A surprise divorce announcement by the world’s richest man, steamy texts, a private investigation, claims of blackmail — and a suspicion that politics are behind it all. These aren’t plot points in a movie coming soon to Amazon Prime. They’re the increasingly surprising events swirling around Jeff Bezos, the Amazon founder.
Mr. Bezos raised the stakes on Thursday when he accused The National Enquirer and its publisher, American Media Inc., of trying to extort him. In a blog post, he said the company had threatened to publish lewd photos of him if he did not say publicly that the tabloid’s earlier reporting on him was not motivated by politics.
The story will probably get wilder. Before it does, here’s a primer on Mr. Bezos’ divorce, the National Enquirer, and why the battle between them could have implications for President Trump.
The world’s richest man is getting a divorce
Before Mr. Bezos published his bombshell post on the online platform Medium, he lit up Twitter on Jan. 9 with the surprise announcement of his separation and planned divorce from his wife of 25 years, the novelist MacKenzie Bezos:
The reasons for the divorce and the motive behind the Twitter post were a mystery until the next day, when The Enquirer’s Jan. 28 issue appeared on supermarket racks. The cover called Mr. Bezos “sleazy” and included the logo of the newspaper he has owned since 2013, The Washington Post.
The article itself included some highly personal text messages he had sent to a woman with whom he was having an extramarital affair, Lauren Sanchez, a former host of the Fox show “So You Think You Can Dance” who is married to a powerful Hollywood figure, Patrick Whitesell, the co-chief executive of the agency William Morris Endeavor. There were also paparazzi photos of Mr. Bezos and Ms. Sanchez on an airport tarmac and “gazing into each other’s eyes” in a Santa Monica restaurant.
Mr. Bezos subsequently opened a private investigation to determine why he had been targeted by The Enquirer. He directed his longtime personal security chief, Gavin de Becker, to find out how the tabloid had obtained the texts. Mr. de Becker’s firm questioned Ms. Sanchez’s brother, Michael Sanchez, about whether he might be the source, according to The Daily Beast.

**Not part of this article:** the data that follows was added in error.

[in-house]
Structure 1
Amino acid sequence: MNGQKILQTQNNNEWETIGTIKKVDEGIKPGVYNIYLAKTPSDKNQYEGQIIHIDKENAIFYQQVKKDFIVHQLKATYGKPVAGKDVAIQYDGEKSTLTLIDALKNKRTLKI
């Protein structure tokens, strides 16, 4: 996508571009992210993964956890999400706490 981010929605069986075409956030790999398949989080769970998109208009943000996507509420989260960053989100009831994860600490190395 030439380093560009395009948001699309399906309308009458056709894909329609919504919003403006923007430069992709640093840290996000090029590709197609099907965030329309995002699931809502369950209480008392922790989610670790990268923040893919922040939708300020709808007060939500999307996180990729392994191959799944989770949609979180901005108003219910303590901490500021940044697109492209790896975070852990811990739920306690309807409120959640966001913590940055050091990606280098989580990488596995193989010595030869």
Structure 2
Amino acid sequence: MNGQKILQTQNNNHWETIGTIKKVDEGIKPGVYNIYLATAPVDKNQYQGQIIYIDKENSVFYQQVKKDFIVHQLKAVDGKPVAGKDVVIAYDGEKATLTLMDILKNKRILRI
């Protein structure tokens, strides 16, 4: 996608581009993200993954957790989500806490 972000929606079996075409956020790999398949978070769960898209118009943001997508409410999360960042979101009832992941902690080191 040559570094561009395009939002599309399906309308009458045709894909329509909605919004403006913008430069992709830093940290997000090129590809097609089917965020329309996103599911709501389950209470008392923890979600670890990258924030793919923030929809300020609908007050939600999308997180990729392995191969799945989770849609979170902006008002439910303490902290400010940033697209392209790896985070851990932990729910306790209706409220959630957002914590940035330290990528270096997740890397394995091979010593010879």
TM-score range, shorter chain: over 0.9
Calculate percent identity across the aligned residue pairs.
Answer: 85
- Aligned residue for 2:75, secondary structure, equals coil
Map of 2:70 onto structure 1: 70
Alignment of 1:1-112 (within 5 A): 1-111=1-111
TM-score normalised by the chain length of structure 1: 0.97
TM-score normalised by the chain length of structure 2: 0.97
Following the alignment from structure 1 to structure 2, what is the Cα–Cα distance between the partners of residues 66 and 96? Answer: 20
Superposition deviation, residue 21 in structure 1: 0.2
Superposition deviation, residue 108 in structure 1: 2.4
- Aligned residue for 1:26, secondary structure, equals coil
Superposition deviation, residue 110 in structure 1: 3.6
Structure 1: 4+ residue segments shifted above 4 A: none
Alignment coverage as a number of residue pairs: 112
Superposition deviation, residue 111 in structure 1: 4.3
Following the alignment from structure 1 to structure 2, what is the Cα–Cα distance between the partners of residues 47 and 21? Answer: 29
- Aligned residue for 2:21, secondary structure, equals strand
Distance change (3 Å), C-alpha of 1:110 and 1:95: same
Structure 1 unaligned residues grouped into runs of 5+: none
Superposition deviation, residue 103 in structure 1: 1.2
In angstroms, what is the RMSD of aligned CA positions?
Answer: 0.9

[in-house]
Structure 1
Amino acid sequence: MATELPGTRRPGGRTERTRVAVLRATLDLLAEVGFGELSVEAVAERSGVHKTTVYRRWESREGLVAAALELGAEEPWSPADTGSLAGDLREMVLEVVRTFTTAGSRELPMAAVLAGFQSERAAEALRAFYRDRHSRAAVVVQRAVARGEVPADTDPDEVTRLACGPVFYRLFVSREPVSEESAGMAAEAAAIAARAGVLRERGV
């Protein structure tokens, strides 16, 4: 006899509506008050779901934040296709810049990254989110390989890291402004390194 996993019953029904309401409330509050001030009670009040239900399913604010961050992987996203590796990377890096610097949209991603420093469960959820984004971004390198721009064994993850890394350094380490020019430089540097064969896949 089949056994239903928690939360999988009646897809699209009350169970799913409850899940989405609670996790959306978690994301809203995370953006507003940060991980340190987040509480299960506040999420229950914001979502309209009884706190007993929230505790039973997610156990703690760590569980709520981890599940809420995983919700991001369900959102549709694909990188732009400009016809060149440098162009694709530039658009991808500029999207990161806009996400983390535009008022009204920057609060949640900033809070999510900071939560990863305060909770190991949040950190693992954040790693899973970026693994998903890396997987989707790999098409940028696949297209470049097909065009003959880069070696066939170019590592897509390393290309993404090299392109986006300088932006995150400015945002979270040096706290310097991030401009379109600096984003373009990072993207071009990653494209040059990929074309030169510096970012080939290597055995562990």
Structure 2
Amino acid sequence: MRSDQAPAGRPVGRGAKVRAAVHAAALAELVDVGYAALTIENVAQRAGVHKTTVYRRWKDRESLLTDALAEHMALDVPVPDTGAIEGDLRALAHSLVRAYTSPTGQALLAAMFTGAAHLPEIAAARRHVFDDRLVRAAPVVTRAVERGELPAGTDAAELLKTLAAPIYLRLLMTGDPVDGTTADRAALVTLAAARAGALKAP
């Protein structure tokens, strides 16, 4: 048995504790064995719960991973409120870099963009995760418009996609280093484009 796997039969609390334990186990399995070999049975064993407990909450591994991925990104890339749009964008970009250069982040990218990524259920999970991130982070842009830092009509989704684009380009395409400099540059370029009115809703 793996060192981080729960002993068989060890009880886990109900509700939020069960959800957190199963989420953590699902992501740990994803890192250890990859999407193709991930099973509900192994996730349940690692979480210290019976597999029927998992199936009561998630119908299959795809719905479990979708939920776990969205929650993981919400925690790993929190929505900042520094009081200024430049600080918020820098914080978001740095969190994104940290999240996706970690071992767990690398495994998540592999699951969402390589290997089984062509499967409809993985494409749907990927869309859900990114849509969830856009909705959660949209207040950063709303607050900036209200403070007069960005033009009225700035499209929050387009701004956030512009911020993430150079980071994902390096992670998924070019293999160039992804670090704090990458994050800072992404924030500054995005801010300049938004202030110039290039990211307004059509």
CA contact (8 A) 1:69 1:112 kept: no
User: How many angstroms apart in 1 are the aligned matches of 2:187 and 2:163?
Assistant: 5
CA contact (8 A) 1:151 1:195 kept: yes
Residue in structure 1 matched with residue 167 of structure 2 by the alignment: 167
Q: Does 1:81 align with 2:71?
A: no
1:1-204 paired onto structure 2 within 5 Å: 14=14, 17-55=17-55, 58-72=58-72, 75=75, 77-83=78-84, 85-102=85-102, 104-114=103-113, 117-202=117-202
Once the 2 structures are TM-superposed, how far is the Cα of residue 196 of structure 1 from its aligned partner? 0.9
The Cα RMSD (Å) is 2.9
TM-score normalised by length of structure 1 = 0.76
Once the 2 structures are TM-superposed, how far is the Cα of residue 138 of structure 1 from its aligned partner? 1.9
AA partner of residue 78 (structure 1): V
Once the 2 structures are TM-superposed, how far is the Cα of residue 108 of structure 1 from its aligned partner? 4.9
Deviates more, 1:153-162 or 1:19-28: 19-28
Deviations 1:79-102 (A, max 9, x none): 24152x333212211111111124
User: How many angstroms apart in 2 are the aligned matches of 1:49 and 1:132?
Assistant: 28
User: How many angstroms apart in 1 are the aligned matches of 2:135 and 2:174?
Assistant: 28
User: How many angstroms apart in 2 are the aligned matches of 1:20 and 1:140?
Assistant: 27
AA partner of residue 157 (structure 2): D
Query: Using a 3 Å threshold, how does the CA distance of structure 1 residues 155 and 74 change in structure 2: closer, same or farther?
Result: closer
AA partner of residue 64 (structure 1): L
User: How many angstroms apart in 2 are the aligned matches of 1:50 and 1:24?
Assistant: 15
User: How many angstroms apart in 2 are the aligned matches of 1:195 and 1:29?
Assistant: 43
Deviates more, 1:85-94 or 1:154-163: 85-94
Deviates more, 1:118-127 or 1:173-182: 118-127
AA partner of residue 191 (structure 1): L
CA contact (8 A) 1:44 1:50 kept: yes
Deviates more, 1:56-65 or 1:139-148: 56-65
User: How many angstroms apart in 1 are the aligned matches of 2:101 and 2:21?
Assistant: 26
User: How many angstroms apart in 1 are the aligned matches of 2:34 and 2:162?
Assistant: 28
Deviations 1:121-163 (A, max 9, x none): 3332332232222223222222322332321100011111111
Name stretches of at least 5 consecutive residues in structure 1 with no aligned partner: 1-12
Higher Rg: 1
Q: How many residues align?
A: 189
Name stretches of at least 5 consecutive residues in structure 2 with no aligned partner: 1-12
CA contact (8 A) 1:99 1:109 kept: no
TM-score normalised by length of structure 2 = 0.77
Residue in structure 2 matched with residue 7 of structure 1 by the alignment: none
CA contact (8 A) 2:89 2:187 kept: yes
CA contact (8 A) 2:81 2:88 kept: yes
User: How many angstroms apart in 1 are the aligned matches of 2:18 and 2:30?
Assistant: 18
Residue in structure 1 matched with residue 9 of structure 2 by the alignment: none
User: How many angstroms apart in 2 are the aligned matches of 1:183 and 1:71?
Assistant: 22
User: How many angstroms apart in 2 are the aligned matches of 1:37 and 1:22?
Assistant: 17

On Tuesday, The Post weighed in on the melodrama involving its owner with a lengthy article headlined “Was tabloid exposé of Bezos affair just juicy gossip or a political hit job?” “Depending on whom you believe,” the article said, “The Enquirer’s exposé on Bezos’s affair was a political hit inspired by President Trump’s allies, an inside job by people seeking to protect Bezos’s marriage, or no conspiracy at all, simply a juicy gossip story.” The Post described Ms. Sanchez’s brother as a “pro-Trump Hollywood talent manager” whom Mr. de Becker considered as a possible source of the texts.
A tabloid titan’s links to President Trump
David J. Pecker, American Media’s chairman, has a longstanding allegiance to Mr. Trump.
According to federal prosecutors, he used The Enquirer to help protect Mr. Trump’s presidential campaign. In addition to defending Mr. Trump in its pages and lashing out at his rivals during the 2016 race, the tabloid was involved in a so-called catch-and-kill scheme to bury damaging allegations.
American Media admitted to federal prosecutors that it had helped orchestrate hush-money deals involving two women who said they had had affairs with Mr. Trump: the former Playboy model Karen McDougal and the pornographic film star Stormy Daniels. Mr. Pecker reached an immunity deal with prosecutors in exchange for providing them with information.
Reporters for The Post have investigated American Media and Mr. Trump. And American Media has lucrative relationships with Saudi Arabia, which Mr. Bezos, without elaborating, noted in his post on Thursday.
Several days ago, an AMI leader advised us that Mr. Pecker is “apoplectic” about our investigation. For reasons still to be better understood, the Saudi angle seems to hit a particularly sensitive nerve.
Mr. Bezos also said that his ownership of The Post had made him a target.
It’s unavoidable that certain powerful people who experience Washington Post news coverage will wrongly conclude I am their enemy.
President Trump is one of those people, obvious by his many tweets. Also, The Post’s essential and unrelenting coverage of the murder of its columnist Jamal Khashoggi is undoubtedly unpopular in certain circles.
Mr. Trump vs. Mr. Bezos
Mr. Trump has made no secret of his animosity toward Mr. Bezos. After the news of the Amazon mogul’s pending divorce and The Enquirer’s exposé, he coined a new nickname for a man he considers an antagonist.
Long before that, the president had often used Twitter to criticize Amazon, The Post and Mr. Bezos. One of Mr. Trump’s favorite tropes is to conflate Amazon and the newspaper, as he did on Jan. 13, although The Post is owned by Mr. Bezos personally.